• Example Projects: Previous projects of this size have supported faculty interested in implementing new instructional technologies, like tablets or polling software, in large lecture courses (e.g., Arik Levinson, Economics); developing an interactive module using tools like Canvas, Articulate Storyline, Adobe Captivate or Explain Everything (e.g., Yoshiko Mori, Japanese); and experimentation with different social or collaborative tools like FitBits (Joan Riley, NHS), peer editing tools (Maggie Debelius, Writing), or ePortfolios (e.g., Betsi Stephen, SFS).
  • Funding: Awardees will receive up to $5,000 to support faculty stipends, student assistants, and software or materials expenses.
  • Eligibility: All full-time Georgetown faculty (tenure and non-tenure line) are invited to apply.

Curricular Transformation Grants *
These grants support the scale, spread, and sustainability of technology-enhanced learning through projects that create significant curricular or structural change.
* Projects may also qualify for a SoTL Addendum Research Grant

CNDLS will collaborate with these teams to develop a full project proposal that: a) is based on proven strategies and approaches, either from educational research findings or from the results of previous grants or projects; and b) includes a clear plan for assessing the impact of the project; and c) outlines a path towards sustainability beyond the end of the grant.

  • Example Projects: Previous projects that successfully met the above goals include a project focused on shifting multiple courses within the Medical Center to a flipped-classroom model (Adam Myers, School of Medicine); the creation of a multi-course studio centered around project-based learning (Maggie Little, Ethics); and an initiative to help language faculty across multiple departments implement peer-to-peer learning exchanges with other universities around the globe (Michael Ferreira, Spanish & Portuguese).
  • Funding: Grants of up to $15,000 will be awarded to support faculty stipends, student assistants, software and hardware costs, and other operational or materials expenses.
  • Eligibility: Grants will be given to faculty teams or units at Georgetown, not individual faculty, to ensure greater breadth of impact.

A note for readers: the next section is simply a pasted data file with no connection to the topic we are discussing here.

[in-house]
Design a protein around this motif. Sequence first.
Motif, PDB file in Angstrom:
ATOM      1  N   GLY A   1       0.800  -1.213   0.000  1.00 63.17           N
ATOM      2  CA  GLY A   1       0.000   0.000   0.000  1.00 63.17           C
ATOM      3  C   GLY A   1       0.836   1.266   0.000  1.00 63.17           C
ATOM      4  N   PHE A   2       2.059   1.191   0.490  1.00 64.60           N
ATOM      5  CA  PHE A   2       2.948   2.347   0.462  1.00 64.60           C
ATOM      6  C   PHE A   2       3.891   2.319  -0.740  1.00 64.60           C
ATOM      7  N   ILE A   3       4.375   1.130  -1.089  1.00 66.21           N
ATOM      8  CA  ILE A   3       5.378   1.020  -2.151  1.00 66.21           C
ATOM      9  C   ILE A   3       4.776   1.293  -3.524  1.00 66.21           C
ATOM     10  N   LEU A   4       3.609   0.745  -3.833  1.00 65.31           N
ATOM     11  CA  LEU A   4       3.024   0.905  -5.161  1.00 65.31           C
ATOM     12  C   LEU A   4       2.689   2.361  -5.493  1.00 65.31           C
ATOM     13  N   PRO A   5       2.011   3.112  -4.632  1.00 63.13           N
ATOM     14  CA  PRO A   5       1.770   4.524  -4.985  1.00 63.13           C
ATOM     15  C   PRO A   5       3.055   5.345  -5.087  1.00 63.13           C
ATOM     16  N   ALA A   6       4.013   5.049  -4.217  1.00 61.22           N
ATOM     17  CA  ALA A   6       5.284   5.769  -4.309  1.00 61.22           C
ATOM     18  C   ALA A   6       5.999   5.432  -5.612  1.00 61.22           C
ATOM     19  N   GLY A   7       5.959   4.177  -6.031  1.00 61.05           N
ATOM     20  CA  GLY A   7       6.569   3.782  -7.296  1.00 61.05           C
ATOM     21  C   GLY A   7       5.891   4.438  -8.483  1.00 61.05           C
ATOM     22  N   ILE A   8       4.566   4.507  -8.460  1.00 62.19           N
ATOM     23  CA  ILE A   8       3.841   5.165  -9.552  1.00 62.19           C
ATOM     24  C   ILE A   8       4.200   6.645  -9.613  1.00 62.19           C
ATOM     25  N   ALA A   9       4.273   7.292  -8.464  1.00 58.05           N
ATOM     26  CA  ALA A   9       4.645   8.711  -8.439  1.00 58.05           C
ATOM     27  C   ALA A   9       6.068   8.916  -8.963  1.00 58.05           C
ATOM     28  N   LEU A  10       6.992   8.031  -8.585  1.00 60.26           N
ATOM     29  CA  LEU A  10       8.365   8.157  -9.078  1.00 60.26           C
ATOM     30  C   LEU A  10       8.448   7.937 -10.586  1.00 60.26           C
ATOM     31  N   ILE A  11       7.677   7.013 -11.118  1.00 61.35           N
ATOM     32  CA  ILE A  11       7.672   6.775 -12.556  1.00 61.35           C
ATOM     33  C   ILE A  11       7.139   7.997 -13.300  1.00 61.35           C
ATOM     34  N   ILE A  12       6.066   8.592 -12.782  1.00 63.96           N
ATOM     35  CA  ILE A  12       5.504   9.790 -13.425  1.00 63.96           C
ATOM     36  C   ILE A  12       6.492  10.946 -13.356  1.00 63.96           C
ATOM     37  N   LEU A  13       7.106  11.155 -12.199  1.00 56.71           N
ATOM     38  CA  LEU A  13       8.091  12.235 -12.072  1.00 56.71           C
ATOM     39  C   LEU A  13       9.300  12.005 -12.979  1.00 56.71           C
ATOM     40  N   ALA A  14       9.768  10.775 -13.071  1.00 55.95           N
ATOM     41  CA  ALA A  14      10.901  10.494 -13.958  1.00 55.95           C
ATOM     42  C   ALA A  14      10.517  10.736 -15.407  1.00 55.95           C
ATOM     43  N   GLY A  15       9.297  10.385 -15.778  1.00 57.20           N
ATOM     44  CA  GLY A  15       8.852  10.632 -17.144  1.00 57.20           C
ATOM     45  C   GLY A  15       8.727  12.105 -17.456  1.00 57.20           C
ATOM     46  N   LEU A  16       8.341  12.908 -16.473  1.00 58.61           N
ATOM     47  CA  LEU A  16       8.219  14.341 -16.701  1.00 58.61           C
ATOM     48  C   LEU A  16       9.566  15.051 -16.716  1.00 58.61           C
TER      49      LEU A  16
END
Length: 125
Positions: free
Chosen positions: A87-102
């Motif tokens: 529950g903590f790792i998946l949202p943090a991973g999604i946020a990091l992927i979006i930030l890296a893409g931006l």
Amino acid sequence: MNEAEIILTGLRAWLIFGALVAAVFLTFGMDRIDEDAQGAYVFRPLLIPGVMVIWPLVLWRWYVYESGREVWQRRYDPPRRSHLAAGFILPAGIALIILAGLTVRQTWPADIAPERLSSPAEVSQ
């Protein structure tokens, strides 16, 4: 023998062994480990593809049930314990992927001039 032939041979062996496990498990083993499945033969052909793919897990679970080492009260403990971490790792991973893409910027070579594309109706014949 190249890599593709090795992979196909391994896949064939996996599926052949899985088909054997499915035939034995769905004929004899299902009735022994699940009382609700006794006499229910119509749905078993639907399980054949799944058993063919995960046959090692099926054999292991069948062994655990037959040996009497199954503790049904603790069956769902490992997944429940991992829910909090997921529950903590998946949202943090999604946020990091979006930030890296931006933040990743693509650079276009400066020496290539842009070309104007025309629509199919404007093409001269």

Open Online Learning Grants *
These grants support the development of open online courses (including MOOCs, SPOCs, Micromasters, and other innovative course formats), as well as general research and experimentation in the online learning space.
* Projects may also qualify for a SoTL Addendum Research Grant

We especially are seeking proposals that fit one or both of the following categories:

  • Courses that have internal or external resource commitments (via departments, centers, grants, or organizations)
  • Courses that have planned [re]use in university departments/programs, including MicroMasters proposals
  • Example Projects: Previous projects that successfully met the above goals include Demystifying Biomedical Big Data: A User’s Guide (Bassem Haddad, Oncology) and Global Business in Practice (Ricardo Ernst, Global Business).
  • Funding: Grants of up to $15,000 will be awarded to support faculty stipends, student assistants, software and hardware costs, and other operational or materials expenses.
  • Eligibility: Full-time faculty, faculty teams and department heads at Georgetown are invited to submit a statement of interest.

Scholarship of Teaching and Learning (SoTL) Research AddendumAdditionally, grant applicants are invited to apply for a Scholarship of Teaching and Learning (SoTL) Research Addendum of up to $5,000, which provides support for experimental and semi-experimental evaluations of the impact or success of a technology-enhanced learning intervention.

Example Projects: Previous projects that met this criteria include an assessment of the impact of moving to a hybrid course model on language learning (Melucci and Hipwell, Italian) and an evaluation of whether completing an online simulation to prepare for a science lab might improve student performance and confidence (Ron Davis, Chemistry).

Next Steps: CNDLS is accepting statements of interest for TEL Grants on a rolling basis. CNDLS will collaborate with interested parties on the creation of a full project proposal.

Other CNDLS Grants

Additional grant opportunities exist to support projects which involve engaging difference and/or introductory level undergraduate courses. These grants neither require nor preclude a technology-enhanced learning focus. For more information, visit Curriculum Enrichment and Doyle Diversity Grants.